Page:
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Friday, 13 September, 2002, 16:48 GMT 17:48 UK
RU hving safe sex?
Text message

Thousands of teenagers will receive text messages via their mobile phones on Friday advising them how to have safe sex.

They are being sent out by a charity which has obtained a list of mobile phone numbers from an advertising agency.

The teenagers haven't asked to receive information about how to use condoms. Their parents haven't given their permission for them to be contacted.


Why not bombard young people with messages around safer sex and actually make a difference in their lives?

Neil Almond
But those involved in the project say it's the only effective way to get their message across.

How else, they argue, do you persuade a generation of teenagers that is drinking underage, getting pregnant or contracting sexual diseases that tonight if they meet someone in a bar and want to sleep with them, they should think twice, or at least take precautions?

The charity K-Generation will send out 2,500 text messages on Friday evening to teenagers getting ready to party.

'Do you use condoms,' they ask. If you text back 'yes' you get another message - 'Cool, tell us why you use them'. And so it goes on.

Controversially, the charity is using phone numbers obtained by an advertising agency from young people who downloaded ringtones or took part in competitions on the internet. They haven't chosen to receive messages about sex.

Significant difference

Neil Almond, K-Generation's chief executive, said: "Text messaging will hit them in the bar, in a club or in the bedroom - even that's something that can make a significant difference to their choices at any given time."

There will be a lot of people who will have concerns about sending out these messages to young people who haven't necessarily consented or opted in to this kind of campaign.

But Mr Almond is unrepentant: "Sex is used these days to sell anything from jeans soft drinks consumer goods - why not bombard young people with messages around safer sex and actually make a difference in their lives?"

The crucial question is whether the texts will actually make any difference. Don't teenagers know enough about safe sex already? Apparently, the answer is no.

One teenager, Paula told me: "It wasn't until I was about 14 or 15 that they told us about it at school which is far too late. I think you don't really get much else."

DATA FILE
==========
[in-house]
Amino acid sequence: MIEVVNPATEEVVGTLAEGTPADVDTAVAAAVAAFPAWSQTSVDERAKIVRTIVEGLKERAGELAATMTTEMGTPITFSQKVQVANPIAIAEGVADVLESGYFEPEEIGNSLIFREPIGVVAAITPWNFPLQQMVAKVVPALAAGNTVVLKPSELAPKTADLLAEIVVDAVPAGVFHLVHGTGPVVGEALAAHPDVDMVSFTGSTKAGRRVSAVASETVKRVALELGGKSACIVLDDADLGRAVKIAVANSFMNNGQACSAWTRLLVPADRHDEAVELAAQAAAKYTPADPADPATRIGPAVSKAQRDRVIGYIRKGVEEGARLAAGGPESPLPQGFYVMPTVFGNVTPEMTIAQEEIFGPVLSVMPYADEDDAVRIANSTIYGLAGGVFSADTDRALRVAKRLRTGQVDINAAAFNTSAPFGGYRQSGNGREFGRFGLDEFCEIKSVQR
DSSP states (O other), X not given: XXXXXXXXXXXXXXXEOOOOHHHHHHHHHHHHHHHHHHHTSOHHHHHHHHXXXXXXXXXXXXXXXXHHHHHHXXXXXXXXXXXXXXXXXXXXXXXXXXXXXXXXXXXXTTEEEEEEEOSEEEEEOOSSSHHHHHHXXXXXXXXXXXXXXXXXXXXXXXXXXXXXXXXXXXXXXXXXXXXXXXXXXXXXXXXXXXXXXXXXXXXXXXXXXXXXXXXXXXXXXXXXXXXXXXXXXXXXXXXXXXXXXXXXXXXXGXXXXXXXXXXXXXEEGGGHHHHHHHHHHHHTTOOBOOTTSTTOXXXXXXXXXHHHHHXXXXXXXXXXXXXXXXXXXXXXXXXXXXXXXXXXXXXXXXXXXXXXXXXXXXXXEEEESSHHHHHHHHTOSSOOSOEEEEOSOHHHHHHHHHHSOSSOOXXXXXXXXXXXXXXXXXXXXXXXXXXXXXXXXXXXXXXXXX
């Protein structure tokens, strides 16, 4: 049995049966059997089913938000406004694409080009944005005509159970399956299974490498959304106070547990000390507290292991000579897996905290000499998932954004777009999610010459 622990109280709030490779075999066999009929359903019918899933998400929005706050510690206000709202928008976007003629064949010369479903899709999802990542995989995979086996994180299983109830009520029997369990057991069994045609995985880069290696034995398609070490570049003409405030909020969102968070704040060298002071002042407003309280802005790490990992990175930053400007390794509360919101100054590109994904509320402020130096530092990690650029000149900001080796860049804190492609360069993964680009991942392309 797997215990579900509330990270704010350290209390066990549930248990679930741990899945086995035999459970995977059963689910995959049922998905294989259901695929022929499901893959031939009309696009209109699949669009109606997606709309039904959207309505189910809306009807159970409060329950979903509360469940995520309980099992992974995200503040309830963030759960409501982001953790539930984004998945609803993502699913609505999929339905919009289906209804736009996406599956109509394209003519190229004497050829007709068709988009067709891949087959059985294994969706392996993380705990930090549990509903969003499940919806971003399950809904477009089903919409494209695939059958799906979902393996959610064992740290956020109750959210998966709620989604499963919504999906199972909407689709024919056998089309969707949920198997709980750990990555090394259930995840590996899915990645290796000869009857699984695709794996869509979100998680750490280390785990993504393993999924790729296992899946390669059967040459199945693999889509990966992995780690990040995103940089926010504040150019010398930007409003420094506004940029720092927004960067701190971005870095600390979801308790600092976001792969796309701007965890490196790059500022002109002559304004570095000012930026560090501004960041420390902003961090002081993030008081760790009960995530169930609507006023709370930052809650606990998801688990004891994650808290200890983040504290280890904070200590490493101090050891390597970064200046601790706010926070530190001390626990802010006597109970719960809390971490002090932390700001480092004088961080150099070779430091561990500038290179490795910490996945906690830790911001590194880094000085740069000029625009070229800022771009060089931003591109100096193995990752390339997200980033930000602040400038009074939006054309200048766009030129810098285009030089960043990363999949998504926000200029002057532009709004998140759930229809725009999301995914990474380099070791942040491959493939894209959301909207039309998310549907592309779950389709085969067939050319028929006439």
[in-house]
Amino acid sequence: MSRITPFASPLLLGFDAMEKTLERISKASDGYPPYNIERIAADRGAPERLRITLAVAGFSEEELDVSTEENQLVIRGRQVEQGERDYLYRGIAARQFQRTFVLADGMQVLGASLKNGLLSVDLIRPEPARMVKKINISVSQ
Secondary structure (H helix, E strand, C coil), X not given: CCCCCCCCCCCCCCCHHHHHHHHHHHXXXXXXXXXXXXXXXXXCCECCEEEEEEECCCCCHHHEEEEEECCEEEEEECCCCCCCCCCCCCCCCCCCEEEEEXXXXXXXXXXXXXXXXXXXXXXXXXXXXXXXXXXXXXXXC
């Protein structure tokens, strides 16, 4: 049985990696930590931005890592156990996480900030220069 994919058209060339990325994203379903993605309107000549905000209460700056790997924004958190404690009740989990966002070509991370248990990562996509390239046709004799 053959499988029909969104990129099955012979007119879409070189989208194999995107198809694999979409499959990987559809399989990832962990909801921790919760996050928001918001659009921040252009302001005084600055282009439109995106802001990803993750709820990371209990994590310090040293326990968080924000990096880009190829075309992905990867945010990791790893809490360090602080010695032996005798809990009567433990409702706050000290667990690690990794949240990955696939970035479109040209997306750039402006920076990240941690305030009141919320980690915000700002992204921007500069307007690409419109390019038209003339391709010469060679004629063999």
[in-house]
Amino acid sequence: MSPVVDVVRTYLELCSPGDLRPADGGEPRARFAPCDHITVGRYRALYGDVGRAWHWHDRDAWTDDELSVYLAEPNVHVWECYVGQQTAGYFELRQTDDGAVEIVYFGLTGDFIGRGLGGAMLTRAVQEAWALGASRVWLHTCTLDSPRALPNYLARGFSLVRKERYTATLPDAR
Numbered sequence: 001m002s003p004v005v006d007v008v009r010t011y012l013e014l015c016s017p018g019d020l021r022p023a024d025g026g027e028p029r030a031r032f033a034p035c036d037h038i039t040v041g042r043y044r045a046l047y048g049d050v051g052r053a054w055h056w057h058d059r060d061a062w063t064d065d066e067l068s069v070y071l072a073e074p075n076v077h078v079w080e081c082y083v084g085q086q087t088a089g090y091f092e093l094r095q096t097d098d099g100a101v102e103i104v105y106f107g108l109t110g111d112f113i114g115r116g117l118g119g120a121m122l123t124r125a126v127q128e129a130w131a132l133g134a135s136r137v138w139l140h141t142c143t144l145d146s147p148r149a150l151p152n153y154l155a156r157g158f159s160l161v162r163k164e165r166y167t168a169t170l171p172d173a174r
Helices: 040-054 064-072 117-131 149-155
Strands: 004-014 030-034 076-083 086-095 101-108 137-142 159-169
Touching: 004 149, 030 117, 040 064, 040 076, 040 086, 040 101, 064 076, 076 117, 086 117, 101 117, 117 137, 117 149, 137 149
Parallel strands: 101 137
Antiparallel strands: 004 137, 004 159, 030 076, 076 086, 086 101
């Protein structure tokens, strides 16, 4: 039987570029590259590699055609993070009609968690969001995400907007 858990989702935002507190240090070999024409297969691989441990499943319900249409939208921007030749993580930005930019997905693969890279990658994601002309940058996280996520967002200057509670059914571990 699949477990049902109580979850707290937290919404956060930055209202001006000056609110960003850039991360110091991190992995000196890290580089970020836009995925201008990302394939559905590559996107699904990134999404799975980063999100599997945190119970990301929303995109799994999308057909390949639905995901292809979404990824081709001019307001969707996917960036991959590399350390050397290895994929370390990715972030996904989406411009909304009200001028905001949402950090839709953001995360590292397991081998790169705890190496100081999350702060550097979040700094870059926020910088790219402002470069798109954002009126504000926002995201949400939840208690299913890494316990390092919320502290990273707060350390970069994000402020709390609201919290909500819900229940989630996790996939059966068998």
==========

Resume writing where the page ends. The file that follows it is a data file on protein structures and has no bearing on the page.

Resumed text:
However, her friend, Kirsty is not convinced the text scheme could have a positive impact.

"Nearly everybody nowadays has a mobile phone and it's something that everybody's going to see - but you'd probably be a bit embarrassed sitting on a bus and getting a message saying use a condom."

Boys a particular problem

A committee of MP's investigating the government's sexual health strategy was told earlier this year that boys have to rely on the sex education they're taught in school more than girls because they find it harder to talk to their parents about the subject.


These safe sex messages normally amount to is a reinforcement of pressures that are on teenagers already

Robert Whelan
But many young people feel the safe sex messages they get in the classroom are irrelevant.

Clint is HIV positive. He was infected when he was 17. He says his teachers were unable to address the questions he really needed answers to.

"What happens when you go into a bar when you're too drunk? How do you then negotiate safer sex?

"There wasn't another younger person telling me what I needed to know to protect myself and the teachers weren't able to talk about that."

Some campaigners, however, fear this kind of in your face advertising of the safe sex message, direct to teenagers, without seeking the permission of their parents is misguided.

Robert Whelan, director of Family and Youth Concern, believes that far from preventing unsafe sex, it could encourage it.

"Unfortunately, what these safe sex messages normally amount to is, as far as I can see, a reinforcement of pressures that are on teenagers already to think that sexual activity - even at very young ages - is normal.

"The message is that it is acceptable, the authorities will make the necessary arrangements for you and somebody else will take the consequences if it goes wrong. I think this is very irresponsible."

Tombstones and icebergs were used in the eights to illustrate the threat posed by Aids.

Government sources have told this programme the latest research shows that kind of approach, trying to scare people is no longer effective.

This autumn ministers will unveil their own safe sex campaign with a positive message targeting 18 to 30 year olds. K-Generation says by that age it's far too late.

See also:

24 May 01 | Health
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